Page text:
peeks into the characters’ lives.
dreaded writer’s block; Ever have it? If so, what do you do to get through
in writing every day and doesn’t wait for inspiration. It seems I get more
ideas for stories than I can get around to writing. But you always worry that
some day the well will run dry.
gave you inspiration for the Taker series?
of reading Gothic tales and horror stories instilled in me the desire to tell
dark, fantastic tales. Also, I wanted to see if I could write the kind of story
that would sweep readers away, something with characters you couldn’t stop
kind of research did you do for the Taker series?
regarding the post-Colonial period, since I grew up in an area that had been
settled in the 1700s and seemed to have learned a lot through osmosis. I had to
do more research on the early history of the state of Maine since that was more
obscure (but fascinating) and a lot of what I learned ended up in the book in
one way or another.
would you do if you were immortal like the characters within the Taker
immortality. He is a capricious, volatile master who draws the most lost and
dangerous souls to endure eternity with him as their punishment. It seemed a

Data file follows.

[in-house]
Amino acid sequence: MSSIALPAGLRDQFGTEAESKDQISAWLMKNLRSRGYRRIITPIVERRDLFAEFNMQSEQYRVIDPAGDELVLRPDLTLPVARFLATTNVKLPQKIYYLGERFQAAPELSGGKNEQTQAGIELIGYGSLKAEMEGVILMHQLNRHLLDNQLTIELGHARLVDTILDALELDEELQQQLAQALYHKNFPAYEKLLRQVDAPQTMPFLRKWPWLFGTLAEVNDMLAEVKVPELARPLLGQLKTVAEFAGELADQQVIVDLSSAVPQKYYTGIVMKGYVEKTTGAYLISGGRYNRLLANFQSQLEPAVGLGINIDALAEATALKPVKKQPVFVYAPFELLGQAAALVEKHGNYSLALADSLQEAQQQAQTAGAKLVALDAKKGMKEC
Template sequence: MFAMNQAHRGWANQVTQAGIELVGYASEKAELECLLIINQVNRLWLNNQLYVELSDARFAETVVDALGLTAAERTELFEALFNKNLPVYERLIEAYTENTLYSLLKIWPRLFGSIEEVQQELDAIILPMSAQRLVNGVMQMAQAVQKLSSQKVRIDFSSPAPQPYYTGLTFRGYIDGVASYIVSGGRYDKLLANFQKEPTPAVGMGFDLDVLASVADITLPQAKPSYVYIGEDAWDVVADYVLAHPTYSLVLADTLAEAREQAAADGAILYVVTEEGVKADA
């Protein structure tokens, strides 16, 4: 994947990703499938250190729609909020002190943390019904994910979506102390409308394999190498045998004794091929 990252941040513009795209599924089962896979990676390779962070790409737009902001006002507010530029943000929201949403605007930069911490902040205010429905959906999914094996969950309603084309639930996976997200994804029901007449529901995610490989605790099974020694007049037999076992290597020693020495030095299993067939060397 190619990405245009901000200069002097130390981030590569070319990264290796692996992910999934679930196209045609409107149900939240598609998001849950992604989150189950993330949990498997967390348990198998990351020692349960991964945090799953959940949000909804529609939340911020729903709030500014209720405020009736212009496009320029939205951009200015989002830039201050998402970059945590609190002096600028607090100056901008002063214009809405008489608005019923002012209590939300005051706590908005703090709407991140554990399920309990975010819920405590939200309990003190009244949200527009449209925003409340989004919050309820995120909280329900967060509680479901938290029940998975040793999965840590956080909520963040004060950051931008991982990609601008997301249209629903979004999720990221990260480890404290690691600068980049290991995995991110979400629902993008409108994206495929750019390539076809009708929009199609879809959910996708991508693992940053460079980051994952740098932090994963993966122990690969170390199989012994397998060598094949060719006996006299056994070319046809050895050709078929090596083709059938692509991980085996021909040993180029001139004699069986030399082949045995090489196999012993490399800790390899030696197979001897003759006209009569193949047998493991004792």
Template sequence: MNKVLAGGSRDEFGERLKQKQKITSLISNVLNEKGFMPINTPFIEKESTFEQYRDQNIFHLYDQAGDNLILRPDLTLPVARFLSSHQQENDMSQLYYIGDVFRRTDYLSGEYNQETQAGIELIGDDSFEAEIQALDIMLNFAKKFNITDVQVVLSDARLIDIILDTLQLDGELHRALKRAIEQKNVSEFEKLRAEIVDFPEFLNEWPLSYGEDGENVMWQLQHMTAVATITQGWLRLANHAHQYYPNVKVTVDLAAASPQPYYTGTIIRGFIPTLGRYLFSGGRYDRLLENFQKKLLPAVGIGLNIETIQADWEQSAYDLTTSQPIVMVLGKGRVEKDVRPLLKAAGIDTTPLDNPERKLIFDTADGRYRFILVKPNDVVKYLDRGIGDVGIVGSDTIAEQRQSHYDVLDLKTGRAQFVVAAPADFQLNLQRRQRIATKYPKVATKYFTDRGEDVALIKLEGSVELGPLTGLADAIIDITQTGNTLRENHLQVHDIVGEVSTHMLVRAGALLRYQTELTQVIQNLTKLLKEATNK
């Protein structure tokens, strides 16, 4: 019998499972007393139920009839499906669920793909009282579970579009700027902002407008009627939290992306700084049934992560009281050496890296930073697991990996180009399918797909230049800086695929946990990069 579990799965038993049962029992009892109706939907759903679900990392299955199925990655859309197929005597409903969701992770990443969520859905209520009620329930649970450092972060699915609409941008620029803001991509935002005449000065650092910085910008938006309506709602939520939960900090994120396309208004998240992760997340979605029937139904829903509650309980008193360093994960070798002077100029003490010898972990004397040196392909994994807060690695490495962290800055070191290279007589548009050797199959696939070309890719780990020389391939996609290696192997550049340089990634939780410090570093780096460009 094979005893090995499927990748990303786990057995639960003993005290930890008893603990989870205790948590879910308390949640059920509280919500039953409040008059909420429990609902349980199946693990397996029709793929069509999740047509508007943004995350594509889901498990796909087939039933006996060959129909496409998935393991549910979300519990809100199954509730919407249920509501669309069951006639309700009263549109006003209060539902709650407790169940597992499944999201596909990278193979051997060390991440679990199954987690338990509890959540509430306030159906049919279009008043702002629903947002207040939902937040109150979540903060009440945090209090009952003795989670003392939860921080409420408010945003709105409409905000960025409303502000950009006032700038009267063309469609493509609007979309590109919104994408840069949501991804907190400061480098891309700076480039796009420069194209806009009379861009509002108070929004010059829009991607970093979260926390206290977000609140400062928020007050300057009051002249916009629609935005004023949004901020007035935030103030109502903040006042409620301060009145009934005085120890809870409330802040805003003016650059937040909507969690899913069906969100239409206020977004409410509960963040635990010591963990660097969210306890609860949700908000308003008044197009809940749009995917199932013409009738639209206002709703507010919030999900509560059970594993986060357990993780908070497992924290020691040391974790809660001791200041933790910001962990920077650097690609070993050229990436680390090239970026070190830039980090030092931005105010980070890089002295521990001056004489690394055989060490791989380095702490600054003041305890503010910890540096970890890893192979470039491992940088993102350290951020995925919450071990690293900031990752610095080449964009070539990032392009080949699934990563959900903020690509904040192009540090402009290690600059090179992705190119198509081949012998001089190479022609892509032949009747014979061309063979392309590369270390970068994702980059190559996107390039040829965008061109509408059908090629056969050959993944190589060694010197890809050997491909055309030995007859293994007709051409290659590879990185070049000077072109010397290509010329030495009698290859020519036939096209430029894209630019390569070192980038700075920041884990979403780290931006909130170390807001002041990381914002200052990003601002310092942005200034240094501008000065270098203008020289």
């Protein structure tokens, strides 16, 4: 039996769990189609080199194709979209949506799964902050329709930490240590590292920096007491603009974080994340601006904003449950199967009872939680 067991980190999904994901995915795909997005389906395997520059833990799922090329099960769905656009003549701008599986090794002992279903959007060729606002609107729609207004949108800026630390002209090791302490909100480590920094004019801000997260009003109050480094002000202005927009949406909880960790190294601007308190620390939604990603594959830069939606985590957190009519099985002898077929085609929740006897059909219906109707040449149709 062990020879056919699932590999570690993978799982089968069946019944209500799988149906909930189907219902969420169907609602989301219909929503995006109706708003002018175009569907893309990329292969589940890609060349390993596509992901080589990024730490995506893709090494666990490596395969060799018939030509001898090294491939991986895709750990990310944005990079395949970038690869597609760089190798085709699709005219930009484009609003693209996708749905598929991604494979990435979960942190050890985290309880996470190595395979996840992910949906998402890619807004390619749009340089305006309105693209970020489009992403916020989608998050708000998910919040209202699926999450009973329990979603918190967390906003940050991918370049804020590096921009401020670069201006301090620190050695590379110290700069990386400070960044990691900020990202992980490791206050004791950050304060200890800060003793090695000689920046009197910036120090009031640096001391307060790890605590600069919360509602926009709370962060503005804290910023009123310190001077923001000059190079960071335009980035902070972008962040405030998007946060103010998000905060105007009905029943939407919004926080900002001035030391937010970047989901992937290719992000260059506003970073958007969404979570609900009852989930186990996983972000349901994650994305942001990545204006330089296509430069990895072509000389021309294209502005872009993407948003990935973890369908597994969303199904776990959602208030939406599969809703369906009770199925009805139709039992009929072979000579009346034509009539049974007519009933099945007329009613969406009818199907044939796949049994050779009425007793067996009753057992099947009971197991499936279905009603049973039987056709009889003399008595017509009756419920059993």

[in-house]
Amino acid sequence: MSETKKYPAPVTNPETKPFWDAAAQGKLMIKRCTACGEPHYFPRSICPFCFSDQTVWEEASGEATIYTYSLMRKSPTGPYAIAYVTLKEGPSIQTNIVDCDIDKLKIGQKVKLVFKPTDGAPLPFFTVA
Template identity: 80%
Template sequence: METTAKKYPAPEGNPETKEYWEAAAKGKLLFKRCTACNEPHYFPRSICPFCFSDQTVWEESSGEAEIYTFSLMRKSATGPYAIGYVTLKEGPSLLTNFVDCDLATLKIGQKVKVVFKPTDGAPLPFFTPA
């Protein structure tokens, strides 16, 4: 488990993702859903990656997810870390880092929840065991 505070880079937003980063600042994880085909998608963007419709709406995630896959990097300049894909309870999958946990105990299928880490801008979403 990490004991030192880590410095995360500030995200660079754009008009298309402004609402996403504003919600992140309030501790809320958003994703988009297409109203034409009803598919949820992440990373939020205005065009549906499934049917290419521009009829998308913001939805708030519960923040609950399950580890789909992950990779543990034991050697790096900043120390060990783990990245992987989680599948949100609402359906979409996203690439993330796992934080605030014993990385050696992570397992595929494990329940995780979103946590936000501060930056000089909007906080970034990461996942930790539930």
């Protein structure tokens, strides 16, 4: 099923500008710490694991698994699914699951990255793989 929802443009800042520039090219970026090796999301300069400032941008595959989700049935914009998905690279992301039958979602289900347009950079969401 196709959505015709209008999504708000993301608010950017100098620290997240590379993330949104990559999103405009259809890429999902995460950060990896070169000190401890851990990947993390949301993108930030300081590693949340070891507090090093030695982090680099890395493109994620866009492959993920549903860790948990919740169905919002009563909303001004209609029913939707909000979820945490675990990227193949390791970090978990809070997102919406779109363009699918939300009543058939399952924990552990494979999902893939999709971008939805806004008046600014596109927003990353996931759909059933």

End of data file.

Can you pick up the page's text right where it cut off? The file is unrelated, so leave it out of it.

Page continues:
perfect Mikado-like, “let the punishment fit the crime” sort of circumstance. I
like to think that I haven’t done anything bad enough to attract Adair’s
would you describe the Taker series?
transcends time, love that transforms us from our all-too human selves to
something better and nobler. For love, we can overcome the worst in ourselves.
The Taker books are about two individuals who truly sacrifice all for love.
a video interview you stated, “Unfortunately I’m kinda like Lanny”;
which of the Taker series characters do you wish you were more like?
characters in the book! They’re all imperfect and so no better than me. I made
them to be interesting to follow but not necessarily role models.
can be blind in love. There was a time when that was what I thought it meant to
be in love, that you took the person as he was, with no caveats or
reservations. It’s a nice thought, but maybe not too realistic.
can you tell us about final book in the Taker series, The Descent?
one in which all the questions are answered. I think readers will be surprised
and delighted—at least, I’m really hoping they’ll be delighted. I know they’ll be surprised when they find
out what’s going on and the source of Adair’s magic.
question have you always wanted to be asked in an interview? How would you
answer that question?
interesting questions, so I haven’t felt particularly lacking.
have anything specific that you want to say to your readers?
Thank you for being adventurous and willing to take a chance on a book that’s
probably quite different from what you expected.
First prize: The Taker (hardcover) plus swag pack
Second prize:The Reckoning bookmark, post-it, sticker, and book card
Third prize: The Reckoning bookmark, post-it, and book card
Fourth prize: The Reckoning bookmark and book card
Fifth prize: The Reckoning bookmark